Most of today's software applications share a common characteristic: the input/output data bandwidth is order(s) of magnitude smaller than the bandwidth required by the underlying algorithm sub-components' communication; also, multiple (relatively) independent processing functions are used, which makes them well suited for a parallel Multiple Instruction Multiple Data (MIMD) approach. Examples to illustrate this affirmation can be found in typical desk-top workstation applications (parallel spell checking, parallel sorting, parallel database searches, etc), in specialized engineering software (parallel matrix computation, parallel rendering of an image, parallel simulation of a structure's elements, etc), and also in communication and other DSP software (multiple channel processing, parallel split-spectrum processing, etc). The versatility of the MIMD approach also means it can implement Single Instruction Multiple Data (SIMD) algorithms by running the same program sequence on more processors, each accessing independently its own data structure. If the area ratio between the Instruction Control Unit and the Execution Units of each processor is relatively small, having multiple Instruction Control Units running the same sequence of operations will be a small price to pay for the versatility of the MIMD ensemble.
At the software level, multi-tasking and multi-threading operating systems have come with an answer to the parallel computing problem, while at the hardware level various attempts have been made to reconcile apparently exclusive conditions that are imposed on parallel architectures. The bottleneck traditionally associated with the MIMD paradigm is the way the system memory resources are shared. Parallel supercomputer architectures tried to address this problem over the years in many ways, ranging from the simple Shared Bus-based architecture, to complex Trees, Fat Trees, Rings, Hyper-structures, etc.
The parallel computing problem has also been addressed at a different level by the computer clusters and computer arrays approaches. In this case, sharing a common memory space between the processing elements (the computers) was no longer a requirement, but the approach is limited at one end by the communication speed between the computers inside a cluster, and at the other end by the processing power that can be packed in each computer. This, in turn, sends back to the multiprocessor computer problem that has to be resolved.
The approach outlined in this paper is based on the Data
Access Prediction Architecture (DAPA) concept that enables very low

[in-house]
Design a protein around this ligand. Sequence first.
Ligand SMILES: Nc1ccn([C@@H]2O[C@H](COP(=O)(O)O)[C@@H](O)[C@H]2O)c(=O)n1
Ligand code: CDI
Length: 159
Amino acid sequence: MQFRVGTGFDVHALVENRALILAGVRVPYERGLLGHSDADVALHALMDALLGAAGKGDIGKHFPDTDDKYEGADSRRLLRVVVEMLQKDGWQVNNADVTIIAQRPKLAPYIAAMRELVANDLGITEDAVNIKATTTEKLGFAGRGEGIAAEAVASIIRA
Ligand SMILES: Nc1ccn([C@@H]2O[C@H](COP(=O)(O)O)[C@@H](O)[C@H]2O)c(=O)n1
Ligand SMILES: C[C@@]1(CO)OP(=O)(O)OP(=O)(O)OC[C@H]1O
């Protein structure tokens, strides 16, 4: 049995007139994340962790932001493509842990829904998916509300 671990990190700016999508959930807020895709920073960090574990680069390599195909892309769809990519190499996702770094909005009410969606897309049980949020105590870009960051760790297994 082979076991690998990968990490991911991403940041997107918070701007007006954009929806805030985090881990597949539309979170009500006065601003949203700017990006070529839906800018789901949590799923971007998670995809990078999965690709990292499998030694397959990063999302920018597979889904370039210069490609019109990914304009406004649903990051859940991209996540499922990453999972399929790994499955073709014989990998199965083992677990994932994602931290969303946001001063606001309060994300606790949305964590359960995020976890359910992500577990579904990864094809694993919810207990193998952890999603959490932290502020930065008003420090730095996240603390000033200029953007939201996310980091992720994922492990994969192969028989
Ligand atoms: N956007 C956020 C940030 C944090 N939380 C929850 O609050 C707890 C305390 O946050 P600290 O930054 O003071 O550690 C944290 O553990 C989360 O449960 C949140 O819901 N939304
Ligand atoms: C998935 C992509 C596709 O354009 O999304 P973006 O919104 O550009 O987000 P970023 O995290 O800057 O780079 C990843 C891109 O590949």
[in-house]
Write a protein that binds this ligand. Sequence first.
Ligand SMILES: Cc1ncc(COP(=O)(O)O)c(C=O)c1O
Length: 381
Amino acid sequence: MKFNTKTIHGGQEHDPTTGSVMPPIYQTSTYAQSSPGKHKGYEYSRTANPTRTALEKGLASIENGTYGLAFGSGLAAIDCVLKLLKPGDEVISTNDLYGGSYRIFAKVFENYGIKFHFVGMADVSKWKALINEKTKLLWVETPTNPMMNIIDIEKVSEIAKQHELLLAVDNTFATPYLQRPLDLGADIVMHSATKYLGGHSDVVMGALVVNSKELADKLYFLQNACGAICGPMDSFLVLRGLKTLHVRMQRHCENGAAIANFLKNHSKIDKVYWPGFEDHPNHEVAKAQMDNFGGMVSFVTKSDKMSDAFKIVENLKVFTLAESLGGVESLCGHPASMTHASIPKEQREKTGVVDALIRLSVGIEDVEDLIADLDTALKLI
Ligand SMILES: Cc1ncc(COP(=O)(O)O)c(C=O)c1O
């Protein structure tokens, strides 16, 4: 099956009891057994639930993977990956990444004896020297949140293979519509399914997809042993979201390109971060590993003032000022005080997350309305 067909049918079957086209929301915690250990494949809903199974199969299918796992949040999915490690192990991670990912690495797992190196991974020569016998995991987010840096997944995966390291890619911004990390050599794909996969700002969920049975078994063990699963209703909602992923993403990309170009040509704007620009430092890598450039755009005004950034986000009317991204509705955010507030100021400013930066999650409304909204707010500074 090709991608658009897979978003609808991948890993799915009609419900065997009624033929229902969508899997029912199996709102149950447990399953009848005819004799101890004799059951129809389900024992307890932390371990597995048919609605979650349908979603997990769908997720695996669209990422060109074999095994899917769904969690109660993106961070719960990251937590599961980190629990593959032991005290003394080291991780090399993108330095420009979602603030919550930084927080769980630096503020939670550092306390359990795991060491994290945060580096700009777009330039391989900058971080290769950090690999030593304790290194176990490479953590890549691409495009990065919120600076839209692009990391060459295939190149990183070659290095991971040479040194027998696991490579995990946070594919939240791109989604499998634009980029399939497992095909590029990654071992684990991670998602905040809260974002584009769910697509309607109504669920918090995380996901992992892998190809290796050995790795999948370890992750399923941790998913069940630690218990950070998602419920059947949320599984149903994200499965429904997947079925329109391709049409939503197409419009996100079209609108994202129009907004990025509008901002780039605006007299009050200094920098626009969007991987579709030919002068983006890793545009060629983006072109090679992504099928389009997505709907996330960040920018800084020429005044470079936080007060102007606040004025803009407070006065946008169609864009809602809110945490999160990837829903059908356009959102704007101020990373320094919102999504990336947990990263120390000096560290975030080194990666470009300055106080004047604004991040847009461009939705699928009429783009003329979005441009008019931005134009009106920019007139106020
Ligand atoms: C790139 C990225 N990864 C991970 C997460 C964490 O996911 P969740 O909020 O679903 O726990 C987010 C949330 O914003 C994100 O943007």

memory conflict rates in a shared memory multiprocessor system.
The DAPA goal and concept are described, and the Parallel Vector Access
implementation (DAPA/Vector) is presented.
The objective of the Data Access Prediction Architecture (DAPA) is defined as follows: to describe a very high bandwidth, multi-ported local memory, that can support N data accesses in the same clock cycle, without a proportional-with-N increase in the physical size of the memory module. Should such a memory architecture be defined, N processors could access the same physical memory resources without conflicting with each other, thus achieving the ultimate goal of multi-threaded parallel programming (as described by Fortune and Willie in "Parallelism in Random Access Machines", 1978): no latency, common addressing space, multi-processing.
Traditional multi-ported memories require, for a given memory size, an implementation area proportional with the number N of data ports. Although this solution can be viable for small, multi-ported register files, it is very inefficient for implementing a large local memory in a multi-processor system. For example, a 16-port, 1Mw memory module (to be connected to 16 processors) would have at least the size of a normal 16Mw memory module, thus making (for most of the cases) the cost of such a shared memory system prohibitive. By contrast, the DAPA only introduces a fixed area overhead over the shared memory module, thus making it attractive especially when the size of local memory required by the applications to be run in parallel is relatively large.
The DAPA building blocks are shown in Fig.1:
Fig.1: DAPA Structure
In order to describe the functionality of DAPA, let us assume a given processor connected to a DAPA port, say port #1, requests to access data at a given address in the Main Memory Module. The Read requests and Write requests are treated differently inside the DAPA. For the purpose of this example, it will be assumed a Read access request is issued. It will also be assumed that the DAPA will be set to work in the Packet Update Mode (the various DAPA operating modes are targeted to most efficiently optimize different classes of applications; a description of these modes is beyond the scope of this presentation). The following steps will occur:
The DAPA mechanism, as described above, provides a way to effectively and efficiently utilize a wide-band communication channel; it is based on (1) predicting, at a certain moment in time, a set of future memory accesses, (2) requesting an access to all of them in parallel, and (3) assembling the data thus accessed on a wide band data bus.
Thus, after a request issued at one of the DAPA ports is served by means of a Main Memory Module access cycle, it will be very probable that subsequent requests issued by that port will find the requested data readily available in the local Port Cache Memory, thus allowing the Main Memory Module to serve other ports' requests. DAPA-aware compilers can also be very effective in improving the predictability of data references.
Architectural variations of DAPA will
consider the Data Access Prediction algorithm, the Main Memory Access
Arbiter priority schemes, the width of the Parallel Data Channel, the